“Nothing in life is guaranteed. The people in your life aren’t guaranteed. You don’t know how long you are going to be where you are… If you continue to live your life doing things to make everyone else happy. What happens if all of a sudden you only have you? Then you have regret. You have lost time. Time just keeps going and it would be such a shitty feeling. Do more things that make you happy. If you’re happy, more than likely the people around you will be happy. Along the way, things you do, might make people unhappy, but it’s your life.” — Brooke Ence
Don’t wait to do what you want
A lot of people are stuck in life, waiting for something to happen for them, so they take action on something they actually want to do. People often say: ‘I will do X, if Y happens.’ For instance: ‘I will ask this girl out when I have a job’, or ‘if she leaves me I can’t be happy.’ or ‘If I grind and bust my ass now, I’ll be able to retire at this age and then I can do what I wanna do in life.’
The thing is, when you find happiness within yourself, you’re going to stop settling. You’re going to live in a way that makes you happy all the time, and yes, some of your friends will suddenly disappear, but that’s OK, the real ones will stay, and new ones will show up.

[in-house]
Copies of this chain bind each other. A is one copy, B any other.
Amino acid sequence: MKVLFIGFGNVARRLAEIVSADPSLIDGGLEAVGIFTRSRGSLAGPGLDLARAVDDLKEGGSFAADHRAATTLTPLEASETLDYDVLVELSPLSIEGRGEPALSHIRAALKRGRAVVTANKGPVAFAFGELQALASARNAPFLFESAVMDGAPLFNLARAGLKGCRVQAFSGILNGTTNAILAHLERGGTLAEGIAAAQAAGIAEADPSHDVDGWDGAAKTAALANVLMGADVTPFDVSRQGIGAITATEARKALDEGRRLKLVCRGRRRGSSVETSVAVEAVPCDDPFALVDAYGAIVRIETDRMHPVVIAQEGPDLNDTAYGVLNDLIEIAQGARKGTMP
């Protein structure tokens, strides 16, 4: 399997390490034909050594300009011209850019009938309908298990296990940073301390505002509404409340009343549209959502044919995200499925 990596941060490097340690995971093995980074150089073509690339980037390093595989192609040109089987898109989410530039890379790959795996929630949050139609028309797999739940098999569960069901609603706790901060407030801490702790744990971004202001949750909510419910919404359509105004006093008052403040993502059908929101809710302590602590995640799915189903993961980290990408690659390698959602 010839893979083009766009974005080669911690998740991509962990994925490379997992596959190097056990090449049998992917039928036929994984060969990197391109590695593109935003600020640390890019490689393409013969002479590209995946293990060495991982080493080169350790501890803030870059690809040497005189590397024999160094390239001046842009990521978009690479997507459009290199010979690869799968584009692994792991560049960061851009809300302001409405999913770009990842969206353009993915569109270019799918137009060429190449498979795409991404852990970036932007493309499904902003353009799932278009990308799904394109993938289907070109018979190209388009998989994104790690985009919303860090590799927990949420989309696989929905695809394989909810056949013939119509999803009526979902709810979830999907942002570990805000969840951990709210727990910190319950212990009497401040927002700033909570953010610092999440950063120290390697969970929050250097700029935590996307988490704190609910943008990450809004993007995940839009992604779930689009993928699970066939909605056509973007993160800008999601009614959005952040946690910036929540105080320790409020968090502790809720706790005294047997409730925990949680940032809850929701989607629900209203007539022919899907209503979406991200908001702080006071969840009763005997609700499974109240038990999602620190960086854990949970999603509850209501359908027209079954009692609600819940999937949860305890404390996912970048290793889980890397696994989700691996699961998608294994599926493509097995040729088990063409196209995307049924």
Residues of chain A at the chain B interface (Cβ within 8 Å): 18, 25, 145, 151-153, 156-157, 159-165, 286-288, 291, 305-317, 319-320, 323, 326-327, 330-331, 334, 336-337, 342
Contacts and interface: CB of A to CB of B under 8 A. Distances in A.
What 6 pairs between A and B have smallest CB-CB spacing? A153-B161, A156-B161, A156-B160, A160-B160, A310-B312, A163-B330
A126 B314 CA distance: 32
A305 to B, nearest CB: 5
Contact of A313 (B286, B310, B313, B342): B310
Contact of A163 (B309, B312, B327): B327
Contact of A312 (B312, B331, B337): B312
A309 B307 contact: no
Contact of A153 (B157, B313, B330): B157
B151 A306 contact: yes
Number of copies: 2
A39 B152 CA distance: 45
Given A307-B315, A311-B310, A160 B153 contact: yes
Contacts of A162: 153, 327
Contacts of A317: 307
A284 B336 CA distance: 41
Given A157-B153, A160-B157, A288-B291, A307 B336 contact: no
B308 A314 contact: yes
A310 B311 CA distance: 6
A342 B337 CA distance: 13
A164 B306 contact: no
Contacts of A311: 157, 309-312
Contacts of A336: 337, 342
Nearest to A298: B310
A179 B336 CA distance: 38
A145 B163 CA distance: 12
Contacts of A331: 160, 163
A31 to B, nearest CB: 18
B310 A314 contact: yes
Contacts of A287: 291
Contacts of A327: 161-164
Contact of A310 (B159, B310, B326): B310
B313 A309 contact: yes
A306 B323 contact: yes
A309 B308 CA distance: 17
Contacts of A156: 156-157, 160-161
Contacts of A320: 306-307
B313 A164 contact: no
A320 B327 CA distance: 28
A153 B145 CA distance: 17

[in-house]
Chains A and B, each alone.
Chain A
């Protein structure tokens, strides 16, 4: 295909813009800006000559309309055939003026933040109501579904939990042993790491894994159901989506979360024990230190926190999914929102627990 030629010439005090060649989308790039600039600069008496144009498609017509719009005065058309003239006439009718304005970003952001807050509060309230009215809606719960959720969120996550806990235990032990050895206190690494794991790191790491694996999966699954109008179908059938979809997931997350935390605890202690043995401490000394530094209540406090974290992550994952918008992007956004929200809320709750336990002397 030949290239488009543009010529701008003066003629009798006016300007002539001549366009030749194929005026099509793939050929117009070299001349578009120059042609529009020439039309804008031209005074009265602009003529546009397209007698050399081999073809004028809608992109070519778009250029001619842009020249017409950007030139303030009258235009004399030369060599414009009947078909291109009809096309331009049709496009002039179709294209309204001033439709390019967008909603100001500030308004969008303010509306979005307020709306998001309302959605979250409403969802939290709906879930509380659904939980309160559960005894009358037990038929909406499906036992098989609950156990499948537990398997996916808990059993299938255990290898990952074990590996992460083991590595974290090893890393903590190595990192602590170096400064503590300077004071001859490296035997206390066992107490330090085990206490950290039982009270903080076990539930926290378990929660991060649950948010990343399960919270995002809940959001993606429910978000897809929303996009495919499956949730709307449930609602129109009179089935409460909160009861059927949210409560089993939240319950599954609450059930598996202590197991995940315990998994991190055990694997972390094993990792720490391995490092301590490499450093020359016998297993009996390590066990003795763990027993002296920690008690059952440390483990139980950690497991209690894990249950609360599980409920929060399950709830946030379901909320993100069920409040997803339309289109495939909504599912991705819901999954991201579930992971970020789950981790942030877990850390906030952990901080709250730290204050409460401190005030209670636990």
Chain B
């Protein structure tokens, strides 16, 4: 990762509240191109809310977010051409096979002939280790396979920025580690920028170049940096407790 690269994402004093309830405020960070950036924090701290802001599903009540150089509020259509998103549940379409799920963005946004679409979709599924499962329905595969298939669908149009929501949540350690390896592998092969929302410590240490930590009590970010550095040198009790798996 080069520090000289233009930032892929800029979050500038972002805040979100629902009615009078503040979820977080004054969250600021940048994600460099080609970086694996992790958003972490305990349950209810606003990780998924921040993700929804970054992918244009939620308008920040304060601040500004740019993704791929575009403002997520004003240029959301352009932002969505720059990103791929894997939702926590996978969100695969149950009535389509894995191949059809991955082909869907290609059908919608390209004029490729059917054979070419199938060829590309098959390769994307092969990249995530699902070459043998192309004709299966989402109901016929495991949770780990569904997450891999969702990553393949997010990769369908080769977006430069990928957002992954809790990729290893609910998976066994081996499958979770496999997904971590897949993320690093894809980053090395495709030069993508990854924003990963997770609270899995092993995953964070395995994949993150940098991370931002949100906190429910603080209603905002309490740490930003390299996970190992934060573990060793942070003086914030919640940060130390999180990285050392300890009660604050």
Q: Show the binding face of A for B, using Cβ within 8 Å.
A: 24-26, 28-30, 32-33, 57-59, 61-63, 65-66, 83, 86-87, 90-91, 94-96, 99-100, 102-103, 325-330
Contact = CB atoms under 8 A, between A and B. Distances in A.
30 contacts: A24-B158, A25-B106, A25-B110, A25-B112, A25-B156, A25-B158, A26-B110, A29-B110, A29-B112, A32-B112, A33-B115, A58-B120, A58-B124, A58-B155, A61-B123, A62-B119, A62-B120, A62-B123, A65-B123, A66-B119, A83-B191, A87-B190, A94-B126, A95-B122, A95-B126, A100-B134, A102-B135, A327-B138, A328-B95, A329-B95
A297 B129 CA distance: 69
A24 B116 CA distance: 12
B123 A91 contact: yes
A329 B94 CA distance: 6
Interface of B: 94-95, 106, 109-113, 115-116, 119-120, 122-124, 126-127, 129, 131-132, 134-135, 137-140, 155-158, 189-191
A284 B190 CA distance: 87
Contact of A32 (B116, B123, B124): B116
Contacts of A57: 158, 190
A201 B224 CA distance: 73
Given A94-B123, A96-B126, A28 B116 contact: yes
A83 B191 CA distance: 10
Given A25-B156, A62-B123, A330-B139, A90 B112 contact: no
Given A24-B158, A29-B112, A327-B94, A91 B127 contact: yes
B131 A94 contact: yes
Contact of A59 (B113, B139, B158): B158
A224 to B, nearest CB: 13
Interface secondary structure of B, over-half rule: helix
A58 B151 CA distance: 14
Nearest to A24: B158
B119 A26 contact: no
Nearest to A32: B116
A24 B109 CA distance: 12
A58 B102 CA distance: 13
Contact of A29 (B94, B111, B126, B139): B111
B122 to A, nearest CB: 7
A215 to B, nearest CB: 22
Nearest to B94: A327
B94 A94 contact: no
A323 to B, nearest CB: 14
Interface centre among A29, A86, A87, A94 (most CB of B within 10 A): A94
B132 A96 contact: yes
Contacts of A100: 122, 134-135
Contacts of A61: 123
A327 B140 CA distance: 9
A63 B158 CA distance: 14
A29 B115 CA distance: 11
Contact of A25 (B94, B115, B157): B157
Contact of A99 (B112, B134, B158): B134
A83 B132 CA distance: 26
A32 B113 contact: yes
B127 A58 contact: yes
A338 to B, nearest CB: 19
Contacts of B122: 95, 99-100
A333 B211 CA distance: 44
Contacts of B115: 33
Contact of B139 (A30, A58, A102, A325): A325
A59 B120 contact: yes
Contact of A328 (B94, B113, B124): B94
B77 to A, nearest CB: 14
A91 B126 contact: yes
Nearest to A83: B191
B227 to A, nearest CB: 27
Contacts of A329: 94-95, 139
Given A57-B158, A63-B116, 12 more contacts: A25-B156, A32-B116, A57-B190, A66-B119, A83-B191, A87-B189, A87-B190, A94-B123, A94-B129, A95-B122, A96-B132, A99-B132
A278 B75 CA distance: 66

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Learning to be your true self
Brooke used to try to please everybody in the past, which ended up with her hurting her family. She hurt her mom and sisters specifically, when they wanted to be, and celebrate with her, more intimately after she won the 2015 CrossFit California Regionals.
In the beginning of her career, things were moving really fast. She started out ignoring the things she didn’t like, but also was also battling her insecurities. Brooke used to think people liked her only for her looks and for being a CrossFit Games athlete. She had issues with why people were following her, and tried to keep up with a certain image to ‘satisfy’ her audience.
Over time, she has learned to be herself without caring what people really think. Once her perspective changed, she also got much better at handling online trolls. Annoying trolls write hurtful things to Brooke, that she looks too muscular, too strong, or too whatever. Today, she doesn’t let them get to her that much, as she has learned to engage with them in a much healthier way.
Battling failure and insecutiries
In 2016, Brooke missed going to the CrossFit Games by mere 4 points. She had a tough, hectic year, filled with a lot of travel, filming movies, and more. When Brooke didn’t make it to the games, only a few people trolled her, but they went hard.